Joe Biden’s Approval Rating Continuing To Fall

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President Joe Biden isn’t the least popular president of all time or anywhere close to that, but people’s perception of him has changed over the past seven months.

Biden, who took office on January 20, 2021, this year, entered office with an approval rating above 50 percent. Now, it’s below that mark. As of August 18, 2021, Biden’s net approval rating had dropped by 11.9 points since taking office. Among likely or registered voters, the decline was higher. It dropped by 13.3 points, according to FiveThirtyEight.

With every major poll averaged together and weighted by dependability, Biden had a 49.3 percent approval rating while 44.2 percent of Americans disapproved of him as of August 18, FiveThirtyEight calculates. It’s a sharp drop from when he took office with a 53 percent approval rating and 36 percent of people disapproving of him. That’s a net approval of 5.1 points instead of 17 points. 

Likely or registered voters had a more positive opinion of him, but there are fewer undecideds. So while 49.4 of those people approve of Biden, his disapproval rating among them crept up to 45.2 percent. For reference, he was at 53.6 percent approval and 36.1 percent disapproval among that same group of people when he took office. So instead of having a net approval of 17.5 points, it’s down to 4.2 points. 

Biden’s declining approval rating comes at a time when the United States and the world face many problems.

For example, the Biden administration went through with its plan to withdraw troops from Afghanistan and the Taliban wasted no time overthrowing the country’s government. The Taliban controlled much of the mountain regions of the country but gained control of Kabul with little resistance on Sunday, August 15 — putting the Islamist group back in control of the country for the first time in 20 years. It’s a move that resulted in bipartisan criticism of the administration, including critiques from U.S. Representative Seth Moulton (D-Salem).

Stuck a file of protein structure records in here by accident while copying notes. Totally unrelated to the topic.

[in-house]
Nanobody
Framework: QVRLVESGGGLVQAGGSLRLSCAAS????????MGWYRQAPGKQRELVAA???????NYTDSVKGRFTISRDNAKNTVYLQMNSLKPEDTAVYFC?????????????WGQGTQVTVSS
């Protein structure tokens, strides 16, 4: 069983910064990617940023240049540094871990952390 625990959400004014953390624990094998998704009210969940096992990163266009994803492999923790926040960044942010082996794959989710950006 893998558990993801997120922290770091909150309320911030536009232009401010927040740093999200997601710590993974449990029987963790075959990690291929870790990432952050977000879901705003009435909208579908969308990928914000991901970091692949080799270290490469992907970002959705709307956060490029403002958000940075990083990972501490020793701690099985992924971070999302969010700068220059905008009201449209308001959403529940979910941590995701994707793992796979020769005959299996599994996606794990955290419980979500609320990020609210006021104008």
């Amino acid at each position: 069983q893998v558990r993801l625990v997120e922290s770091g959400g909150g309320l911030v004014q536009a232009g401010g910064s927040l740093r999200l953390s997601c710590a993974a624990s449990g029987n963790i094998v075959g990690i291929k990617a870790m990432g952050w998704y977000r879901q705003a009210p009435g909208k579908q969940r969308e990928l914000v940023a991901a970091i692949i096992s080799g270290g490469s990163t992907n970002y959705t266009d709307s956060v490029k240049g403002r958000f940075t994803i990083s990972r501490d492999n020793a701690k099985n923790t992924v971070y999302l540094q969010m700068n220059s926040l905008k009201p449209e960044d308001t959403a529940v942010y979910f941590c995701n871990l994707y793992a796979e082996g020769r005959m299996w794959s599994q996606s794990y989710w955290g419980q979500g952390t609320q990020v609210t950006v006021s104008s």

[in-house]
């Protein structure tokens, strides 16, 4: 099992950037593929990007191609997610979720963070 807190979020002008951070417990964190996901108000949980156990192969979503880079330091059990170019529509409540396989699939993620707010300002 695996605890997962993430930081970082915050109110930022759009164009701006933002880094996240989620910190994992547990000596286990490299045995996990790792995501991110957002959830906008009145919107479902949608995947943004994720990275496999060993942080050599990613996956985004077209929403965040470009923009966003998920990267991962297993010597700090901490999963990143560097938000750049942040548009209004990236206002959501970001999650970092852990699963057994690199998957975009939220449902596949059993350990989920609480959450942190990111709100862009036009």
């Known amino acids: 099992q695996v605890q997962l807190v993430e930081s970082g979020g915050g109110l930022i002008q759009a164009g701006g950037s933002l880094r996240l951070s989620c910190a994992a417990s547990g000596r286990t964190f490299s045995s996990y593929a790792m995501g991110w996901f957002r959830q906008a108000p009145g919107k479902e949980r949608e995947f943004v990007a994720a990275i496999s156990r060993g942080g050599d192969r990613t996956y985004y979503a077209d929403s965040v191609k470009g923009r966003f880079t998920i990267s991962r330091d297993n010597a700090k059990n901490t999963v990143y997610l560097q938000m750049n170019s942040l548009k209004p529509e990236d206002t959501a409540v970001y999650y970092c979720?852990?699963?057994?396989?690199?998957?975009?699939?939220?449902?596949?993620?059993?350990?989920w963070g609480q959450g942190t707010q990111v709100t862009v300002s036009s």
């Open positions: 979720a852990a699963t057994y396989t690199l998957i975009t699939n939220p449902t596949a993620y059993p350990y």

Critics blame the Biden administration’s withdrawal for allowing the Taliban to swiftly regain power. Critics also blame the administration for high inflation and high unemployment — the latter of which many argue is a result of the federal government offering an additional $300 per week in enhanced unemployment benefits.

They also point to higher government spending, including a $1.9 trillion stimulus bill that Biden signed into law in March, as something that contributed to high inflation. As of the start of August, the United States experienced a 5.4 percent inflation rate over the last 12 months. In the 12 months before that, it was below 2 percent.

While Biden’s approval rating is on the decline, the American public still holds a higher opinion of him than they do of the country’s vice president, Kamala Harris. Harris crossed over into having a net-negative approval rating in late June 2021 and it has stayed there since, according to The Los Angeles Times. About 45 percent of the country approves of Harris while 48 percent disapproves, according to the RealClearPolitics polling average.


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